Welcome to my first blog - Global Addictions! :)
In my blog, I will explore global cultures and traditions. Since Diwali, the festival of lights is tomorrow, I thought it would befitting to start this blog with a post with this topic and discuss how this festival is celebrated around the world.
You may or may not know that Diwali is a five day festival that originated in India and celebrates the Hindu New Year. The festival occurs in either October or November of each year. The origin of the festival can be traced to the story of the Hindu God Ram and his wife Sita in the ancient Sanskrit text, the Ramayana. In this story, the evil King Ravana kidnaps Sita but Lord Ram rescues her after defeating Ravana in an epic battle. Thus Diwali, in a nutshell, is a festival in which people celebrate the triumph of good over evil. In addition, Diwali is the beginning of the Hindu New Year, so Goddess Laxmi (the Goddess of Wealth) and Lord Ganesh (the remover of obstacles) are worshipped during puja (prayer).
Several of my friends from all over the globe have graciously shared their Diwali traditions with me. Read more as they share their experiences below.
Welcoming Goddess Laxmi into the Home
The traditional diya (clay lamp) is made from terracotta-colored clay, but are also available in a wide variety of colors. Personally, I love shopping for diyas and typically choose ones with vibrant colors and patterns. On Diwali night the diyas are lit and are placed outside and inside the house. Our family tradition is to place diyas outside the entrances of our house to welcome Goddess Laxmi into our home. In addition to lighting diyas at the entrances, footprints of Goddess Laxmi are made as well. Rangoli is another way in which Goddess Laxmi can be welcomed into the home. Rangoli is colored powder, from which people will make images of gods, or geometric patterns outside the main entrance of their home.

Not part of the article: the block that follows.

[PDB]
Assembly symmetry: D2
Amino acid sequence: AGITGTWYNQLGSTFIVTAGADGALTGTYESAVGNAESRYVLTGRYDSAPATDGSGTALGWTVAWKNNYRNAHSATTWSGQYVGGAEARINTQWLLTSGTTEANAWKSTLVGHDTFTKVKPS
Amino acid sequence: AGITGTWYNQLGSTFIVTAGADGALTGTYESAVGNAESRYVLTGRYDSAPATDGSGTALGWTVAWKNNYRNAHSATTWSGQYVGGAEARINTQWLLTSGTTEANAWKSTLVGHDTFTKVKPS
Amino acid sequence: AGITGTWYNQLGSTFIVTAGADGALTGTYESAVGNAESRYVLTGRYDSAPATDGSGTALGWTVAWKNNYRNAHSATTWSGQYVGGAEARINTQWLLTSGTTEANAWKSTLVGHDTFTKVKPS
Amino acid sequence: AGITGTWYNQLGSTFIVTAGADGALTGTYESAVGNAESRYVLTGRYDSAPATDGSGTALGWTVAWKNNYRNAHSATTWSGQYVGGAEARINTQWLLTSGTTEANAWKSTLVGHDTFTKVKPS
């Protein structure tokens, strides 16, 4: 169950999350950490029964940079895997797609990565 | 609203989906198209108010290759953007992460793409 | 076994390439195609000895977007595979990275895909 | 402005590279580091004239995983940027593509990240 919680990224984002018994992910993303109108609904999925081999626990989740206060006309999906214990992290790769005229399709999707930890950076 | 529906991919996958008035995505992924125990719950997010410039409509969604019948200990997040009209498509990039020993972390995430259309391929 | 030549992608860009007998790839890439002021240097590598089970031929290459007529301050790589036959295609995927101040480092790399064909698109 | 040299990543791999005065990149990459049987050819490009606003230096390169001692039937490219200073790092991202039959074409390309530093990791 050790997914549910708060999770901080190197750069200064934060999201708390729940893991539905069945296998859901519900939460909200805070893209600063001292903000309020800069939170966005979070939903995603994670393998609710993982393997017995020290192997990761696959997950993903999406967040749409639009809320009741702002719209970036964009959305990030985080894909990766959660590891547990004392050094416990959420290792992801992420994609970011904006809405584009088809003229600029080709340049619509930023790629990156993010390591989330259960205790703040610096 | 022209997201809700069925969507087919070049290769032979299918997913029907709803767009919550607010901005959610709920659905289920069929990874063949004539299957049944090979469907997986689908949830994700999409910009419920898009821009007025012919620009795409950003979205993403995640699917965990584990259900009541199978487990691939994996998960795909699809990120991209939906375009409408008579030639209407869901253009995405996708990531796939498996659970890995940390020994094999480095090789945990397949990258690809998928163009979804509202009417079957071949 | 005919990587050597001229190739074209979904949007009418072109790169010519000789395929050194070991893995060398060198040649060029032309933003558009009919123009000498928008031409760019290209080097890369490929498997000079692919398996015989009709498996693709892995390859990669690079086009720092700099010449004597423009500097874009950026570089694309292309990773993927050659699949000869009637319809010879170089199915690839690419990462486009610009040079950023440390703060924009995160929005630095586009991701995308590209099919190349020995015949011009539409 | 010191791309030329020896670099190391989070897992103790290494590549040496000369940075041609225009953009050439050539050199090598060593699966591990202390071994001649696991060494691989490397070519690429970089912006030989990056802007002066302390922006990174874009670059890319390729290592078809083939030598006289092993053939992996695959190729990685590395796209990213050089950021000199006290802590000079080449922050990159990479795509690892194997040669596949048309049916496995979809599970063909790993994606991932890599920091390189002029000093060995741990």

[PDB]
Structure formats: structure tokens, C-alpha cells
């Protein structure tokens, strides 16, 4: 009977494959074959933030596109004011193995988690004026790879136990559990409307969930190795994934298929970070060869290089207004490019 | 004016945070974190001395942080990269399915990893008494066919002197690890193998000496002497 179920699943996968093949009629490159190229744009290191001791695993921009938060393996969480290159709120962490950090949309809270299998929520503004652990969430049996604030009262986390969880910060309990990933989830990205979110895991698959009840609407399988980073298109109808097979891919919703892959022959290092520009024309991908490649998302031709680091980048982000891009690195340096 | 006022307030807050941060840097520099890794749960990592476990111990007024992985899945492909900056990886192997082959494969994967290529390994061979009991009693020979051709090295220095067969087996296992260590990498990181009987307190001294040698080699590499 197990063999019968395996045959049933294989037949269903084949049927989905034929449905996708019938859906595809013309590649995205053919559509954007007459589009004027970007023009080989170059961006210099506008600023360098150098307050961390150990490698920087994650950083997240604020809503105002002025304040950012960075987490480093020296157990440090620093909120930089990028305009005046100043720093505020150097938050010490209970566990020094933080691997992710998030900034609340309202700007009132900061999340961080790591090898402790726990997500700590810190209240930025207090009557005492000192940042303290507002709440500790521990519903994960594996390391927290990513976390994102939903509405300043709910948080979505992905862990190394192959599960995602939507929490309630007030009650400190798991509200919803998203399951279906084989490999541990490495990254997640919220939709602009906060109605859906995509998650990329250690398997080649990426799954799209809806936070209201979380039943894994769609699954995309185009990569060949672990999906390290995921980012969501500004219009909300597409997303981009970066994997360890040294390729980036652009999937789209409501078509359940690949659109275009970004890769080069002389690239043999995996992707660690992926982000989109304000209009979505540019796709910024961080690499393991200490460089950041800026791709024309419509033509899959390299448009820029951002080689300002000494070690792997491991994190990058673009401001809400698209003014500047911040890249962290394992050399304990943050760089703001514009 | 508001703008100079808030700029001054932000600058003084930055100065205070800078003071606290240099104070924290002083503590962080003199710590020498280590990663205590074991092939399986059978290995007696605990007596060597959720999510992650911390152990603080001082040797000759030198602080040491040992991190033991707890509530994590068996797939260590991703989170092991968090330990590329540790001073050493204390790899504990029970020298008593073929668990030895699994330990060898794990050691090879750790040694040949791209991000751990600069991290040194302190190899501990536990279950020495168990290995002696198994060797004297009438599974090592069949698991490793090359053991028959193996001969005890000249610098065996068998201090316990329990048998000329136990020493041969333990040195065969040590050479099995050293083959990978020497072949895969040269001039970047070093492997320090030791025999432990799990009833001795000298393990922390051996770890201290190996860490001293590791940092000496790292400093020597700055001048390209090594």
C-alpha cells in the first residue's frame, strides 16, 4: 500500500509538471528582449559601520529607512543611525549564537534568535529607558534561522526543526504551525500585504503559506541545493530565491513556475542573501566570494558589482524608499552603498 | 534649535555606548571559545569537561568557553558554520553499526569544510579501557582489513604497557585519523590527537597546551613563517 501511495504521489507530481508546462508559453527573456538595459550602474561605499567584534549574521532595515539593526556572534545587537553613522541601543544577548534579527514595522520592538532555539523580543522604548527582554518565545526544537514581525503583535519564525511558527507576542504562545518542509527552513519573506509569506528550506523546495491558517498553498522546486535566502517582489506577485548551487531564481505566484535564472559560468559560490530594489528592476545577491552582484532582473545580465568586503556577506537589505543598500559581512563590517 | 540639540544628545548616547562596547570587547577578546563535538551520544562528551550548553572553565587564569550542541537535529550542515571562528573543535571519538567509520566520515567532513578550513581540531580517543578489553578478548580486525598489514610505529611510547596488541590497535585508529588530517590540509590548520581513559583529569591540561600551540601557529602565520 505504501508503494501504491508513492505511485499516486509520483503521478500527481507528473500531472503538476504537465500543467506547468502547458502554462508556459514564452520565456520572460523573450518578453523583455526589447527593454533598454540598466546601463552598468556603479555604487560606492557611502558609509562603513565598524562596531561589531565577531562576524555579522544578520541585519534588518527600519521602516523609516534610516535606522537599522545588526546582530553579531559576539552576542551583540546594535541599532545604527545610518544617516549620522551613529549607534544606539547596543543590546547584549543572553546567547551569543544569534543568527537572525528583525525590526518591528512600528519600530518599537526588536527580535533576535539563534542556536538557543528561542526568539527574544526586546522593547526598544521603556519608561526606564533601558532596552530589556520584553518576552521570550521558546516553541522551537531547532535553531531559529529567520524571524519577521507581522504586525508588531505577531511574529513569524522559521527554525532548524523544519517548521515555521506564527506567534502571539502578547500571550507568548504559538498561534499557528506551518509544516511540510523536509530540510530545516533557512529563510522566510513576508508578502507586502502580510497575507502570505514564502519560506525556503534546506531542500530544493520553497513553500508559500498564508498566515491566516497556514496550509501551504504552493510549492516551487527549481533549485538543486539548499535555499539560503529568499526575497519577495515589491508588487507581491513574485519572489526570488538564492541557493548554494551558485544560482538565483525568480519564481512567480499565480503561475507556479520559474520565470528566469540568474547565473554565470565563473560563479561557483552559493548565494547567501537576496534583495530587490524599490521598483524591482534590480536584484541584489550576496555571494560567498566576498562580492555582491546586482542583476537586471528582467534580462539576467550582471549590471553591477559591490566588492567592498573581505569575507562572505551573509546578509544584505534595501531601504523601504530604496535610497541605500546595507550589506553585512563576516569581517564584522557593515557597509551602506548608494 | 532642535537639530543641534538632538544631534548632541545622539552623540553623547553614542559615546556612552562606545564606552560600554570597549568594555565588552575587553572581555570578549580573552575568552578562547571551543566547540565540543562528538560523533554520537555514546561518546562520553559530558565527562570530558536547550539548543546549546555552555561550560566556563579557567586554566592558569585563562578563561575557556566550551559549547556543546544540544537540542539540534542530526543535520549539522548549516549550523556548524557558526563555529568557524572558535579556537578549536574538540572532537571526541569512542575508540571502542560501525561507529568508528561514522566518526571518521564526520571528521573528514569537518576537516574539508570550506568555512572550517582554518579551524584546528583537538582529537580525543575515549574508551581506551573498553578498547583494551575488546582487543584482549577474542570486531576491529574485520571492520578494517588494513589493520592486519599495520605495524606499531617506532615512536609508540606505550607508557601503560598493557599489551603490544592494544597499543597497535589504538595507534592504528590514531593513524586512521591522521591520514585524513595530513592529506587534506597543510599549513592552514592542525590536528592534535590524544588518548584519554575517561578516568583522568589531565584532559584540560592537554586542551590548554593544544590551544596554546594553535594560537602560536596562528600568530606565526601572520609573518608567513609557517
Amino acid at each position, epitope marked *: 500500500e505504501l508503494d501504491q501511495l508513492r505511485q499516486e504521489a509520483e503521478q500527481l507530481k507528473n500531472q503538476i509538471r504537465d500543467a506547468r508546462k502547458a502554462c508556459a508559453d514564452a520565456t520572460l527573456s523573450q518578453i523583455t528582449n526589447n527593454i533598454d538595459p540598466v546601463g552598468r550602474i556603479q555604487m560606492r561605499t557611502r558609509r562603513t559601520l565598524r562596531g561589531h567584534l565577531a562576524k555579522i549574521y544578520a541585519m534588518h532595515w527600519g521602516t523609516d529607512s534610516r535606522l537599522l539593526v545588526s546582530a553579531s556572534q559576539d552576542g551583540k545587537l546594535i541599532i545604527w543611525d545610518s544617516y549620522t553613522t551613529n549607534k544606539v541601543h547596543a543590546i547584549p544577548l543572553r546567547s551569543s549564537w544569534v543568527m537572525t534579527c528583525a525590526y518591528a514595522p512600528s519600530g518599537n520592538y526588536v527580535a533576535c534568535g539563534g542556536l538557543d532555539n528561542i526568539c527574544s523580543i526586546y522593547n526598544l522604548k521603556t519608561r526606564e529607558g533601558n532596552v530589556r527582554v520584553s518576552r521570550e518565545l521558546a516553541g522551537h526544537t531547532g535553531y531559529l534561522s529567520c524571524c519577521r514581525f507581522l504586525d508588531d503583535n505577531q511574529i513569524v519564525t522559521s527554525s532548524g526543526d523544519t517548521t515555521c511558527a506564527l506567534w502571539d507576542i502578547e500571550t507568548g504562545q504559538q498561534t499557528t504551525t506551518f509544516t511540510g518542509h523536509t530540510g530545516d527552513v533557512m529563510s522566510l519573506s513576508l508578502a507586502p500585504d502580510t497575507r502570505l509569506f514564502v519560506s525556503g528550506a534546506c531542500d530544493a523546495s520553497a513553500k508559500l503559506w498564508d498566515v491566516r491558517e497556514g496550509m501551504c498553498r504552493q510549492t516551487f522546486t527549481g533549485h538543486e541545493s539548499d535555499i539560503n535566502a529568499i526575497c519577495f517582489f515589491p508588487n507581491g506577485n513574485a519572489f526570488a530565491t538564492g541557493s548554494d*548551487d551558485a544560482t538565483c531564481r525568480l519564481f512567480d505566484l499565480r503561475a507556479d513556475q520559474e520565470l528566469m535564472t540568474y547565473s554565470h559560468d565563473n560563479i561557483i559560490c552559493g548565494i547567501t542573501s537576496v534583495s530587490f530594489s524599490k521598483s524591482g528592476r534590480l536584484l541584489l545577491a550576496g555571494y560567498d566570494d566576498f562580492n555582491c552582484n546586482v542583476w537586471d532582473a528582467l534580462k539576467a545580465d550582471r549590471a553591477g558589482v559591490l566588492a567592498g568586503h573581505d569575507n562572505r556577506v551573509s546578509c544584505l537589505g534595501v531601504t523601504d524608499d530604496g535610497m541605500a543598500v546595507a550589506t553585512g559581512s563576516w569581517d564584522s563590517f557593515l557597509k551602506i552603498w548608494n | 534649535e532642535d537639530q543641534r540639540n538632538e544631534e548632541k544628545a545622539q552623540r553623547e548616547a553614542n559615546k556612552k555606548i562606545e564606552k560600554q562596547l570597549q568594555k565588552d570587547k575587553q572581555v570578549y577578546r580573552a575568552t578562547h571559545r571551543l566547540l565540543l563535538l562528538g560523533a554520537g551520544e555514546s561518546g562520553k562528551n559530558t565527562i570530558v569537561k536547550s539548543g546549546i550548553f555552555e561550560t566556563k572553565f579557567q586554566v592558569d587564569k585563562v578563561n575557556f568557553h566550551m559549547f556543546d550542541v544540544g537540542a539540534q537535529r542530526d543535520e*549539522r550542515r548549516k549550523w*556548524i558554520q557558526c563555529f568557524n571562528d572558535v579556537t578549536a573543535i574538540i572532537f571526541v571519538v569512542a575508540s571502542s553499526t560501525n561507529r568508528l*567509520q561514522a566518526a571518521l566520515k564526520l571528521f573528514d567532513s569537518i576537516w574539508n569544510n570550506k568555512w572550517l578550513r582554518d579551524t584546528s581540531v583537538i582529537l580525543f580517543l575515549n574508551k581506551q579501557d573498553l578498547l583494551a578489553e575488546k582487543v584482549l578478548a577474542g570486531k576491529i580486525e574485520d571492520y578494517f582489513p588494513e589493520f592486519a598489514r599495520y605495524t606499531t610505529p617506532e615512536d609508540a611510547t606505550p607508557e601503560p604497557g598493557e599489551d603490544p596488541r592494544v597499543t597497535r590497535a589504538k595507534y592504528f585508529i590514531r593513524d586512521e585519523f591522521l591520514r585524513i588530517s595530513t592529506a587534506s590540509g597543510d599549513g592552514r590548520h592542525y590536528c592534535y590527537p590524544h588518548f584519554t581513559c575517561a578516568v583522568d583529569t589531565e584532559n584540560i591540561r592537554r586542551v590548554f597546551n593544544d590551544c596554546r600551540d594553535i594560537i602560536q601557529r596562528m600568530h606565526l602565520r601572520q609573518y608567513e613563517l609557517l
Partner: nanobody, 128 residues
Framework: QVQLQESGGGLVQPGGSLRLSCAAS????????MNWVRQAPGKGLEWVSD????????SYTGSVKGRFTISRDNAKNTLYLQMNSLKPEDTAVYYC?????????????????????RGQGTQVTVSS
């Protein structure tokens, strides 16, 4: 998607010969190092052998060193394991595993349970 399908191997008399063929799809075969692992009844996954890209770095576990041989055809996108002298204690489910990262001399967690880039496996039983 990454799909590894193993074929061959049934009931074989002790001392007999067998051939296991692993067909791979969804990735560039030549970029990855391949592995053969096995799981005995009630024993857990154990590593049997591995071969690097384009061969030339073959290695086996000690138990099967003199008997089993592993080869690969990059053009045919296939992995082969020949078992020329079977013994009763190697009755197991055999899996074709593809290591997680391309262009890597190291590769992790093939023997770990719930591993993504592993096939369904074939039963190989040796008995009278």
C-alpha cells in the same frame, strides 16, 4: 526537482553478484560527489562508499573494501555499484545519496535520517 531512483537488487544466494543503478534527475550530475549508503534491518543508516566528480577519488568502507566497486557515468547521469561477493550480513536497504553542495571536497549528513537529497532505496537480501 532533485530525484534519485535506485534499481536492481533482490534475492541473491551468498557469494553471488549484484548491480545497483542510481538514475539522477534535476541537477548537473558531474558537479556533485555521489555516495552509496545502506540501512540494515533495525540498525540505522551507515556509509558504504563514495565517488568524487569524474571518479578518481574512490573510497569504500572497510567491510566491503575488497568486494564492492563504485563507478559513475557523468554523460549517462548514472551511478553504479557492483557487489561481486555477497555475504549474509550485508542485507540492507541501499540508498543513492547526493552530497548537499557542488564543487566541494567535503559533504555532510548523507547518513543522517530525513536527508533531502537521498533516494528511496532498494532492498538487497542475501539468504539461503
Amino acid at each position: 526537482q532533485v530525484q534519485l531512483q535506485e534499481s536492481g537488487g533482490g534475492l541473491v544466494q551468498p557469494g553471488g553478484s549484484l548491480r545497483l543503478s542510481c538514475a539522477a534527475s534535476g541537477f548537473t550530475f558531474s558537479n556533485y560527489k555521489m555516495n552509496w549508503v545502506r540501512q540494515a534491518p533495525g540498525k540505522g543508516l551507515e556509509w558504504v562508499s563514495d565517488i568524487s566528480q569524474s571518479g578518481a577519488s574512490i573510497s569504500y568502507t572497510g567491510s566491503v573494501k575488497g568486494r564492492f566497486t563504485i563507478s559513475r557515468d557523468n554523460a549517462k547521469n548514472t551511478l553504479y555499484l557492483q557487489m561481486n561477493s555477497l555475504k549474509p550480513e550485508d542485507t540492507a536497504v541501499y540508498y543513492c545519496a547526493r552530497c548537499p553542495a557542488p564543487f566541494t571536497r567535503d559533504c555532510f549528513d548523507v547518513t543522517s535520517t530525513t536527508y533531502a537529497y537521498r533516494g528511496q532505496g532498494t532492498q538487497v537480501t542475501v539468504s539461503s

Nisha Shyamsukha is a member of Kids Book Cafe, which is an on-line community for parents, kids and book lovers to recommend & discover children’s books. Nisha lives in Siliguri, West Bengal, India, and shares that "we make the footprints of Goddess Laxmi using red clay and chuna right from the main door to the entrance of the house. Red clay is used to make the foot using our fist and the fingers are made in white dots. It looks super cute!"
Rakhi Puri is an Integrated Marketing Manager in Outlook Publishing and is a member with Kids Book Cafe. She lives in Delhi, India and says that on "Diwali we meditate and talk about the festival with our little one and we love making Rangoli. We also keep Diwali dinner with neighbors and it's a beautiful relaxed night."
Goddess Laxmi Image by Bishnu Sarangi at Pixabay
Fireworks and New Clothes
Fireworks are also a big part of the Diwali festivities. It is believed that when fireworks are lit on Diwali night, it scares away evil spirits. Pearl D'Silva is an early childhood educator who lives New Zealand says "for the last 18 years, the Auckland Council has been organising the Auckland Diwali Festival as an opportunity for local Indians as well as the other citizens to celebrate and to come together to have fun! It is also beautiful to see places of significance such as the Sky Tower, Auckland Harbour Bridge and The Auckland Museum lit up at night in shades of yellow, orange and pink, a true testimony to the Festival of Lights!"